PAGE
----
Drill Down

Converging physical and cybersecurity

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President Barack Obama's Executive Order on Improving Critical Infrastructure Cybersecurity and his Presidential Policy Directive on Critical Infrastructure Security and Resilience are two of the first official acknowledgments of the inextricable link between physical and cybersecurity. Those directives assert that to protect critical infrastructure, federal departments and agency heads must lead the charge to strengthen cybersecurity and increase collaboration and accountability among the infrastructure's public and private stakeholders. Ultimately, federal agencies bear the responsibility of security outcomes.

The directives empower federal organizations to embrace holistic security measures to protect our nation's critical infrastructure, buildings, assets, information and people. In order to achieve a truly holistic approach, federal organizations must close the schism between physical and cybersecurity divisions.

The most effective course of action is to form a homogenized security program under the command and control of federal IT. Here's why:

1. The old dichotomy is outdated and cumbersome. Currently, network and information security falls under the purview of federal IT, and responsibility for physical security resides with facility managers or superintendents. That structure is indicative of an antiquated view of security. As the cybersecurity policy directive so aptly states, "U.S. efforts shall address the security and resilience of critical infrastructure in an integrated, holistic manner to reflect this infrastructure's interconnectedness and interdependency."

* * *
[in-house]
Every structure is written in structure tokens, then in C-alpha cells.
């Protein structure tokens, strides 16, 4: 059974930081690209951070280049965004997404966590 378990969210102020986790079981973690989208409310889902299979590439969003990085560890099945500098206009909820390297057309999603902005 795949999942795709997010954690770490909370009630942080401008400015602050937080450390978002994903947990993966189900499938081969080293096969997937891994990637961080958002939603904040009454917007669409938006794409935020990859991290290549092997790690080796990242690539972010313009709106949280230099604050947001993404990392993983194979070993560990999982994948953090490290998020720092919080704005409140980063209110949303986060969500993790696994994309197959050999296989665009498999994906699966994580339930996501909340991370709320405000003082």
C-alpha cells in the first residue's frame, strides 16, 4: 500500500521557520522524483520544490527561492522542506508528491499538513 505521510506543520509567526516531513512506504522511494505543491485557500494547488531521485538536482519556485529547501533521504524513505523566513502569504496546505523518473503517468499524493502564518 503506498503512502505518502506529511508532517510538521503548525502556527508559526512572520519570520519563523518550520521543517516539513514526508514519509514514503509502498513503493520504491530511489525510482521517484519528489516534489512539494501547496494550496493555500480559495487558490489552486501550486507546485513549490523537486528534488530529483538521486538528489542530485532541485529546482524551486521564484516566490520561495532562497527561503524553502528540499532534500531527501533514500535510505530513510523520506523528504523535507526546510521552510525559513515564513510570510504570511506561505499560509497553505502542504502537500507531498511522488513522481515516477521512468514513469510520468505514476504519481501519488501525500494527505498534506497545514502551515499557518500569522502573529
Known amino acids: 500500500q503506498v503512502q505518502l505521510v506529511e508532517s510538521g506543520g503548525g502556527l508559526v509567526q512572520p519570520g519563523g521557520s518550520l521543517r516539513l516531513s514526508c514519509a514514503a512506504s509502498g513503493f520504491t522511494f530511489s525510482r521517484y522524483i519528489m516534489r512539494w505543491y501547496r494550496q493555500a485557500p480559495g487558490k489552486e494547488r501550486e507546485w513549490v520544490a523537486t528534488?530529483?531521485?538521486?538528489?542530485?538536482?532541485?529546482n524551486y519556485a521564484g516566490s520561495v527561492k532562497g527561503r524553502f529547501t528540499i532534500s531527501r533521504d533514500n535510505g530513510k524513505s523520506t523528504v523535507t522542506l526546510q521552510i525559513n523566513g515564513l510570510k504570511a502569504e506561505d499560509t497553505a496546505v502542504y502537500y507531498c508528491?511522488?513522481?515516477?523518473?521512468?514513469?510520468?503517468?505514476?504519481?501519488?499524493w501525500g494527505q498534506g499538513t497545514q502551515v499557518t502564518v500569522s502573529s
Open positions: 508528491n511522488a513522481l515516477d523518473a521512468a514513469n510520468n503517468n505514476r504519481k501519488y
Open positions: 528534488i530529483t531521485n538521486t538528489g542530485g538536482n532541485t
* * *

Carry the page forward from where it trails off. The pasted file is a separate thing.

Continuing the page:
Ignoring security silos ignores the nature of modern threats and leaves gaping holes in security strategy that beckon malevolent actors to exploit. Instead, federal organizations must implement systemic mechanisms that enable security personnel to monitor, analyze and respond to threats occurring at any point of entry into the organization, regardless of whether the threat or entry point is physical or virtual in nature.

By combining access, management and reporting functions into a single-pane-of-glass system, attacks on one or more threat vectors would immediately trigger a proactive response across all other areas of vulnerability. Such a unified threat management system for physical security would act like its data security counterpart in form and function and would allow human management, oversight and deterministic response to evolve ahead of the threat.

2. Federal IT professionals already have the technical skills to secure physical assets. In many ways, "physical security" is a misnomer because it ignores the sophisticated surveillance, access control, and visitor management tools and solutions organizations use to keep physical assets safe. From this perspective, federal IT is the logical choice to take control of a unified security program. The tools fall in its wheelhouse. More important, federal IT and cybersecurity professionals already understand the theory, application and nuances of holistic security from their experience with cybersecurity.